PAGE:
Pumping Iron in El Poblado

As I’ve been on the road for most of the last 11 months, I’ve found getting exercise to be a bit of a challenge.  I’m always on the move.  This makes routine somewhat impossible.  Consistent exercise requires habit.

If I were to prioritize working out,  it would happen more.

In Panama I managed a few hikes.  In India, I started doing pushups and yoga stretches in my hotel room.  In Chiang Mai, I was able to blend into a huge resort hotel and take advantage of their pool, weights and cardio machines almost daily for about two weeks.

While in FL for the last six weeks, I managed to visit my Mom’s state-of-the-art spa on an average of every other day.  Thanks to her membership, I get a guest pass when I visit.

On my last trip to Asia and now on this trip to South America, I’ve carried my sneakers.  This is because my workout of choice is jogging.   Unfortunately,  my legs don’t like asphalt.  When traveling in the developing world, I’ve found it very hard to find clay, dirt or grassy areas to run on.

In Bangkok,  many areas look developed, including Lumpini part where I managed to jog.  Because you have to run on asphalt, a thirty minute jog caused soreness in my thighs for a week.  I managed to jog barefoot on beaches in Thailand and Cambodia, which caused serious calf soreness.

As I continue to travel now I sometimes think:  I was spoiled back in MA with a track and huge field nearby where there was no intense soreness the following day, even after 60-minute jogging sessions.

I love to exercise.  My body and mind practically require it.  Exercise enhances mood. I’m mindful of this everyday.  But it’s still so easy to let the potential for a workout slip by.

I walk a lot, maybe too much even.  Walking is good.  It’s healthy.  It’s a lot better than lethargy.  But it still doesn’t give me that cardiovascular workout that my brain and body have been accustomed to in the past.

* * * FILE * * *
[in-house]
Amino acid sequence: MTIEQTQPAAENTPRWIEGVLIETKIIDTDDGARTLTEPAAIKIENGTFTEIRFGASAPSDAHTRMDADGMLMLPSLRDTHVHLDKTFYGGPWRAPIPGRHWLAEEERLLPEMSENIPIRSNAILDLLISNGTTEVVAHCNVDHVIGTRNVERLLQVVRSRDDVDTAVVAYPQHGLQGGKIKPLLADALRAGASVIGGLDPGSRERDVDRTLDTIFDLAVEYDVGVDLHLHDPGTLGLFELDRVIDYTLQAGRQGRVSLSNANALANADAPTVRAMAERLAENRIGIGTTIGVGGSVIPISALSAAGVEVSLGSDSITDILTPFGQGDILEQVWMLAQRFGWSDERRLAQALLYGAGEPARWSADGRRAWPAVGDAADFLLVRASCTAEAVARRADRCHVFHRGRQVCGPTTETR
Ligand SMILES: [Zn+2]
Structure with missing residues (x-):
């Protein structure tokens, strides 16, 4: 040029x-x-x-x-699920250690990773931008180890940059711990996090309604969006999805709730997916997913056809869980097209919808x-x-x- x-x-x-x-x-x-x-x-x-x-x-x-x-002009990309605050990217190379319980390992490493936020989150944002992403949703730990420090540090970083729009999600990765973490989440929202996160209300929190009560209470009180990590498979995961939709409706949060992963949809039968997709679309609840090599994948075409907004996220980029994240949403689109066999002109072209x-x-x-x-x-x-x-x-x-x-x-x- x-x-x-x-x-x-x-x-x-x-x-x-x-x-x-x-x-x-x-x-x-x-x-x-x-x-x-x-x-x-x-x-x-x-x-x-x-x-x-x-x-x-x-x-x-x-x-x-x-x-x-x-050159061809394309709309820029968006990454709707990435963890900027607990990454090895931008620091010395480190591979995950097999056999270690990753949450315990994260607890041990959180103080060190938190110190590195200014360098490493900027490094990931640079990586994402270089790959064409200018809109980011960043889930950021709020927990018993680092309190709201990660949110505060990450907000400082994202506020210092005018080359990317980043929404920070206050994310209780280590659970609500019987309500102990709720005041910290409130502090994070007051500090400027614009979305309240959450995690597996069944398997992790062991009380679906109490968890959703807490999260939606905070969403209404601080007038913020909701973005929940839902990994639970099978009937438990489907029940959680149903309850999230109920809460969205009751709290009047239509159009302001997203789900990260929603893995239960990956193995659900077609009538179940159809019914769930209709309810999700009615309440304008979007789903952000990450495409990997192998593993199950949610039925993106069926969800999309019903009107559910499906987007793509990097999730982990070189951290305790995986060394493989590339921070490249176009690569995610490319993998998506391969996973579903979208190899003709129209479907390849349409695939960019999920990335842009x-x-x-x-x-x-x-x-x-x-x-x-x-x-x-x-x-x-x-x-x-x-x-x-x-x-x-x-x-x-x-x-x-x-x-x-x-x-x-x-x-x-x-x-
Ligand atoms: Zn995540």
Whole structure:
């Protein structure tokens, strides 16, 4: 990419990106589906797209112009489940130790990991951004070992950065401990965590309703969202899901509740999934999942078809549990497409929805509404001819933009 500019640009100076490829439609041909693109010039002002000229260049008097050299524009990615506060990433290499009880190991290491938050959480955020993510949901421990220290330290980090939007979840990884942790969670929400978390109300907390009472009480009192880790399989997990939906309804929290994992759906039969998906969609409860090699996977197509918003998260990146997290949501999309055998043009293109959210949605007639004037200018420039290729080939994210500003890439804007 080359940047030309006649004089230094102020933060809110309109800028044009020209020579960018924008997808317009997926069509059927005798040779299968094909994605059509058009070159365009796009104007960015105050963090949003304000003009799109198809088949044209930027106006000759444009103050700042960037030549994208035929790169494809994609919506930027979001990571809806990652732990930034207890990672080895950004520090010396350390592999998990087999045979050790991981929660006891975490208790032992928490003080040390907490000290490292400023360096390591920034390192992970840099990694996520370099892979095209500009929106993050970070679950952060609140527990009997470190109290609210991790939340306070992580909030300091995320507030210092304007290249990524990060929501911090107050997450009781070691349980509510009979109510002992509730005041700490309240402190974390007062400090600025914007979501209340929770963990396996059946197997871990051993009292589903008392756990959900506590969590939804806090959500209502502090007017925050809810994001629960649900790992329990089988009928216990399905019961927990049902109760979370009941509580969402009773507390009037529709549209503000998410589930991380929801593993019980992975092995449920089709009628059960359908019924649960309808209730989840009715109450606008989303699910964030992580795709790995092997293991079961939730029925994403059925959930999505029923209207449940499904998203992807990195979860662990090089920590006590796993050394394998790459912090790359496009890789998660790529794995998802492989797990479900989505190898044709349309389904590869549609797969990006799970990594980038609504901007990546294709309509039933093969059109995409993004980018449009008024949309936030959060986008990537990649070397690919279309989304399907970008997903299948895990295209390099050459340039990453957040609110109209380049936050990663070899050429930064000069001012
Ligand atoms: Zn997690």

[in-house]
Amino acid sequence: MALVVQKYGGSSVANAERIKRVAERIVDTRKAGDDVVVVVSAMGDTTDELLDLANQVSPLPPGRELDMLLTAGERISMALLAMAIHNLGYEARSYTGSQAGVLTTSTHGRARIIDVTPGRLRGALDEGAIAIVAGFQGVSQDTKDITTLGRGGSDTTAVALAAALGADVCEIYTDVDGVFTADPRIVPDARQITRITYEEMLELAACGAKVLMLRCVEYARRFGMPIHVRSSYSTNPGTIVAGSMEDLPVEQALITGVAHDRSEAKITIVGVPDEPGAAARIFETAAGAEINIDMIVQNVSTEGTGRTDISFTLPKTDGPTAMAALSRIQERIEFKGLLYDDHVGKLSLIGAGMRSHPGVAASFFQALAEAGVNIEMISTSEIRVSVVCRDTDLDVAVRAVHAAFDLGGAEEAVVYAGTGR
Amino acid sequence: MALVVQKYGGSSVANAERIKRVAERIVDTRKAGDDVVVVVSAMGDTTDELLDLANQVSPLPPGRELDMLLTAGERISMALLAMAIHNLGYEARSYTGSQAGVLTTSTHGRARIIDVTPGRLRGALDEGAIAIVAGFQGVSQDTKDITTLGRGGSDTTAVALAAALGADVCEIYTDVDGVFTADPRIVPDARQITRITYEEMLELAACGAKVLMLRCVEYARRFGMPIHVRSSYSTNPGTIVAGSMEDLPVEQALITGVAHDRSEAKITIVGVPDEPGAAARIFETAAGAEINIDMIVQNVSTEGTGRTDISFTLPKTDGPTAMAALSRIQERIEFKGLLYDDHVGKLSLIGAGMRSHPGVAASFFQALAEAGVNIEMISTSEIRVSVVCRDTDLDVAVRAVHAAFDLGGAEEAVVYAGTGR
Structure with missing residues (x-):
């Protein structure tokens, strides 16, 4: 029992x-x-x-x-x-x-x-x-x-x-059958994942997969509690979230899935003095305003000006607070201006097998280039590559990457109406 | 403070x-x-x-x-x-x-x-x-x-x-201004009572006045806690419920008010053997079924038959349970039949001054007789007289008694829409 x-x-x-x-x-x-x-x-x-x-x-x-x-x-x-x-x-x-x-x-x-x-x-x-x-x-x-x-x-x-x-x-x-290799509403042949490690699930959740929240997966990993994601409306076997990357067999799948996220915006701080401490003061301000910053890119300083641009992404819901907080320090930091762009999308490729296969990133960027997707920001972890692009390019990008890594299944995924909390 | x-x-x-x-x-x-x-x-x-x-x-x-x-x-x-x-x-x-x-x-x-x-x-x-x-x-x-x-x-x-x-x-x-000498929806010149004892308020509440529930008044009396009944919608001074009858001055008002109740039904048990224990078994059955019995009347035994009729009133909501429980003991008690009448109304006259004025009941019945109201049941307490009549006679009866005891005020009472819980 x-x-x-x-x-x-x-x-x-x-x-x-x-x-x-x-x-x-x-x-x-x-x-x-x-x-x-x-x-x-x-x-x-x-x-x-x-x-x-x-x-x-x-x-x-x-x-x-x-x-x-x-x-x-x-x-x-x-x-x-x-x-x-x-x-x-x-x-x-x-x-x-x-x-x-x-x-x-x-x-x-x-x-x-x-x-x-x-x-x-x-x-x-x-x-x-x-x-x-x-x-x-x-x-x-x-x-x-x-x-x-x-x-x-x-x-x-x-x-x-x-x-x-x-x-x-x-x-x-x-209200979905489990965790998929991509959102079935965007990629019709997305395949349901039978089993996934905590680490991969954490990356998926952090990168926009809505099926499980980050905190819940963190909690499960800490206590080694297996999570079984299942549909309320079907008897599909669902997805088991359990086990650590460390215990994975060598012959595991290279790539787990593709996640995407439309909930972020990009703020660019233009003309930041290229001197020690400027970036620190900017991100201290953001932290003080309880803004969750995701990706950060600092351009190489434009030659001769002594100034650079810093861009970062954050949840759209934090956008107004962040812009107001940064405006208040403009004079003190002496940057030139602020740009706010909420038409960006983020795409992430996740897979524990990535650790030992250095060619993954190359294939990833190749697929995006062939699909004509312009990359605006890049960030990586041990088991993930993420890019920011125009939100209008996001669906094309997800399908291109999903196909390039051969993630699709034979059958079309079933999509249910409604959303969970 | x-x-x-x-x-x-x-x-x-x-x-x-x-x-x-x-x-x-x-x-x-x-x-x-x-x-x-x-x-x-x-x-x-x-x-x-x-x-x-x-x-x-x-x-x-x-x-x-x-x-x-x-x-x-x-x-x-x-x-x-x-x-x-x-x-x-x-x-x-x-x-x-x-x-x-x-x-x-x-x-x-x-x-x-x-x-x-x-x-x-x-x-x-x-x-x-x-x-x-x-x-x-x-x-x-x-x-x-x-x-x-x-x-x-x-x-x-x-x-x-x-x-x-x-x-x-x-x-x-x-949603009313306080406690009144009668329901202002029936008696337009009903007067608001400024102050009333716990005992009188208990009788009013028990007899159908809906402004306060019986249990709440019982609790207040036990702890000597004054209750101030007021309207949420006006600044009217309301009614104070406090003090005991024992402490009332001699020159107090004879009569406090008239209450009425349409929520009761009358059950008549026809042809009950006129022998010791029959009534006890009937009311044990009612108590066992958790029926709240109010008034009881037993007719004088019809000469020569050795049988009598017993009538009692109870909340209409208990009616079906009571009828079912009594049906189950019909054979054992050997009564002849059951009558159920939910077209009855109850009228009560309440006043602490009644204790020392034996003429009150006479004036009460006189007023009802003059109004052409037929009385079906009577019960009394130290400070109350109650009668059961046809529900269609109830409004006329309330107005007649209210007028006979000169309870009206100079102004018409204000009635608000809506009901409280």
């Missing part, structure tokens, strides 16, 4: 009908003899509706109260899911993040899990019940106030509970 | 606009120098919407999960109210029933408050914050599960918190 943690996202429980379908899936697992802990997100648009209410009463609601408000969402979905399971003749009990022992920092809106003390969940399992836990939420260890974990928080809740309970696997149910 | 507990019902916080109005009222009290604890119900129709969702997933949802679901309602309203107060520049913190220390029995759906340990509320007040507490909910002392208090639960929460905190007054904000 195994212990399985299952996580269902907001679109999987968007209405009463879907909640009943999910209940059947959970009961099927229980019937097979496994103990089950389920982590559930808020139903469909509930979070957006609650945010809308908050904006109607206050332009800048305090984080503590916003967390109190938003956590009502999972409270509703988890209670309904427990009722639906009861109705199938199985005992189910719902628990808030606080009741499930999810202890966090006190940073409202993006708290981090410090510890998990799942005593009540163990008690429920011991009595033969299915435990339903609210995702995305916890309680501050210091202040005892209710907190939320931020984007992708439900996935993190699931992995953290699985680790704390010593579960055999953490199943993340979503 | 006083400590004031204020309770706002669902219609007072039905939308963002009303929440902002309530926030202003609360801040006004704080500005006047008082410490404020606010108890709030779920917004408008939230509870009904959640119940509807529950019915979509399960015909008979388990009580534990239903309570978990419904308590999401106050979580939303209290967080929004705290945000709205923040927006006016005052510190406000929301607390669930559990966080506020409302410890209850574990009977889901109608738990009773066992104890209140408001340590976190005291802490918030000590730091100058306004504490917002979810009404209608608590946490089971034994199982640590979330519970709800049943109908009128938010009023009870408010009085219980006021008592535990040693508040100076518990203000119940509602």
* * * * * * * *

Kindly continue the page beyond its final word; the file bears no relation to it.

Last night, exhausted after my arrival in Medellín, I walked some streets of the upscale El Poblado neighborhood and followed suit with a lot more walking this morning.

Near where I’m staying I came across an outdoor workout station loaded mostly with free weights.

This morning I was able to pump iron, do pull ups and use an inclined sit up board.  I shared the space with about eight others.

Most of the talking I did was a polite buenas or hola along with a nod.  I felt like an outsider as it seemed like they all knew each other.  I asked one person if it was free and he assured me that it was.  I was also told that it’s open 24 hours and that most of the barrios in Medellín have these public workout stations.  It was even mentioned that a couple of the neighborhoods have better facilities than this one.

I thought: Giving the citizens a free option to exercise is a great investment in the well-being of a society.

I was able to pump iron on and off for about half an hour before I’d felt that my body had had enough.  It felt great both mentally and physically.

Going forward I hope to do more than just walk, stretch and do pushups.  I hope to seek out ways to swim and jog.  I’ll need to find out about places that have hiking trails too.  Considering I’m in the Andes this should be easy.